- I got my second dose of the Covid vaccine and didn't have ANY side effects! I was filled with joy and gratitude.
- A friend (and former colleague) sent me an unexpected text with a request to drop by for a front porch visit. She brought me a beautiful Easter Lily plant which is now blooming.
- After waiting two weeks after my last vaccine shot, I finally got my hair cut! It was such a relief to have short hair again and to get rid of the half a dozen hair clips I'd been using to pull my hair back.
March 23, 2021
Mr. Chair and Committee Members, my name is Lisa Michael, M--c-h-a-e-l, and I live in Bozeman.
I have a progressive muscular dystrophy and use a motorized wheelchair when I leave my house. I am still independent, and I drive a custom minivan that has an automatic ramp that deploys out the sliding door on the passenger side.
Parking is the most stressful thing about going out by myself. Not only are spaces limited, but I also need extra room for my wheelchair ramp to extend. Piles of snow or stray shopping carts often block the spaces.
And once I find a spot, my worst fear is that I’ll be parked in.
Every time I’m in my wheelchair returning to the parking lot, my heart races and my stomach tightens. I wonder if someone has chosen to ignore the striped lines and park next to me.
Unfortunately, it happened for the fourth time last month. I parked in a handicapped space with a narrow, striped aisle - the minimal space needed for my ramp. When I came back from my appointment, I found an SUV parked almost completely in the painted area, blocking me in. My heart sank.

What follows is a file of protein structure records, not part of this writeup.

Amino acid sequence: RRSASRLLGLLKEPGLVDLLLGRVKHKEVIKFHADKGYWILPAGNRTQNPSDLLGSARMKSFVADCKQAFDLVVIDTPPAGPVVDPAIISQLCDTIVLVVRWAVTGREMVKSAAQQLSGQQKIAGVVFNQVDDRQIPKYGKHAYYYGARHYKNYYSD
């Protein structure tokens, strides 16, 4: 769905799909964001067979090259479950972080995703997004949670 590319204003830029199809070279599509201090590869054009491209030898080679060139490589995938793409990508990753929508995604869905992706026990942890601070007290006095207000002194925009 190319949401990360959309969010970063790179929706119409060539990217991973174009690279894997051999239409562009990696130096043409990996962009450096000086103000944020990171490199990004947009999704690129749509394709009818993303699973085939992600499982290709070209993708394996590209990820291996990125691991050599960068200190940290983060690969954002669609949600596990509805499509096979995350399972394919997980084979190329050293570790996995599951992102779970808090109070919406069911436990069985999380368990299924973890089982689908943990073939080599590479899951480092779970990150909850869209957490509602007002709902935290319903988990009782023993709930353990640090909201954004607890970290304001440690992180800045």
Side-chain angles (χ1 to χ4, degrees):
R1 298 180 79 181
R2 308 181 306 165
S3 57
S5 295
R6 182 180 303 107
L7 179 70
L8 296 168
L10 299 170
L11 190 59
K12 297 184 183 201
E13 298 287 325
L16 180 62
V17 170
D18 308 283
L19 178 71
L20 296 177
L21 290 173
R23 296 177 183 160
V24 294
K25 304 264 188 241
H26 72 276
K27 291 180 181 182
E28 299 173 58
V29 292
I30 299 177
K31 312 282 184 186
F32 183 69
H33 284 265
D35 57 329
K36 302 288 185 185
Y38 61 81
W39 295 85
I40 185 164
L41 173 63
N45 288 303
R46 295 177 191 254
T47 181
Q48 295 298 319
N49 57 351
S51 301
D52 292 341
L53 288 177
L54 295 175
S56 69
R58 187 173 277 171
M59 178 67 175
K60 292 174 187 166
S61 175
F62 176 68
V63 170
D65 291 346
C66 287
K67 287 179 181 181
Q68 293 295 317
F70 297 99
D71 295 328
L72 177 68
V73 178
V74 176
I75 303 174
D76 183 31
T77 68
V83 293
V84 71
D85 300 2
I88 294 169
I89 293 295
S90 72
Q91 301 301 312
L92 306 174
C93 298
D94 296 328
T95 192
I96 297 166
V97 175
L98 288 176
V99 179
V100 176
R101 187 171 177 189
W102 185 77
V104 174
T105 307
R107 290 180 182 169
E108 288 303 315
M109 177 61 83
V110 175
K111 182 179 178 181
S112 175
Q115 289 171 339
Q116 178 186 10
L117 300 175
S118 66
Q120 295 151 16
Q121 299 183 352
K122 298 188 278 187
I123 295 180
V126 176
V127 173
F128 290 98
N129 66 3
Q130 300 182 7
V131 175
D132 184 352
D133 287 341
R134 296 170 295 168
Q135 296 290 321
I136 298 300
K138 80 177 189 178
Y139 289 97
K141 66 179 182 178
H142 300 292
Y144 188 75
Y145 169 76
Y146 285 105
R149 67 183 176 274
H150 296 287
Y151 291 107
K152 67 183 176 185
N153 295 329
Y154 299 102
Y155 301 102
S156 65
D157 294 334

I had to fight back tears of frustration as I struggled to stand up from my chair and get into the driver's seat, so I could back out the van far enough to load my wheelchair. The ordeal was exhausting and disheartening.
Soon, I won’t have the ability to stand and hobble those few steps, and I will be stuck in the cold weather waiting for the owner of the car to return. I know there are other disabled people who have had similar experiences.
The proposed changes to the accessible parking laws add important and specific language to give law enforcement guidance and authority to keep disability parking accessible and available. Please vote to support HB 598.
Thank you, Mr. Chair and Committee, for your time and consideration.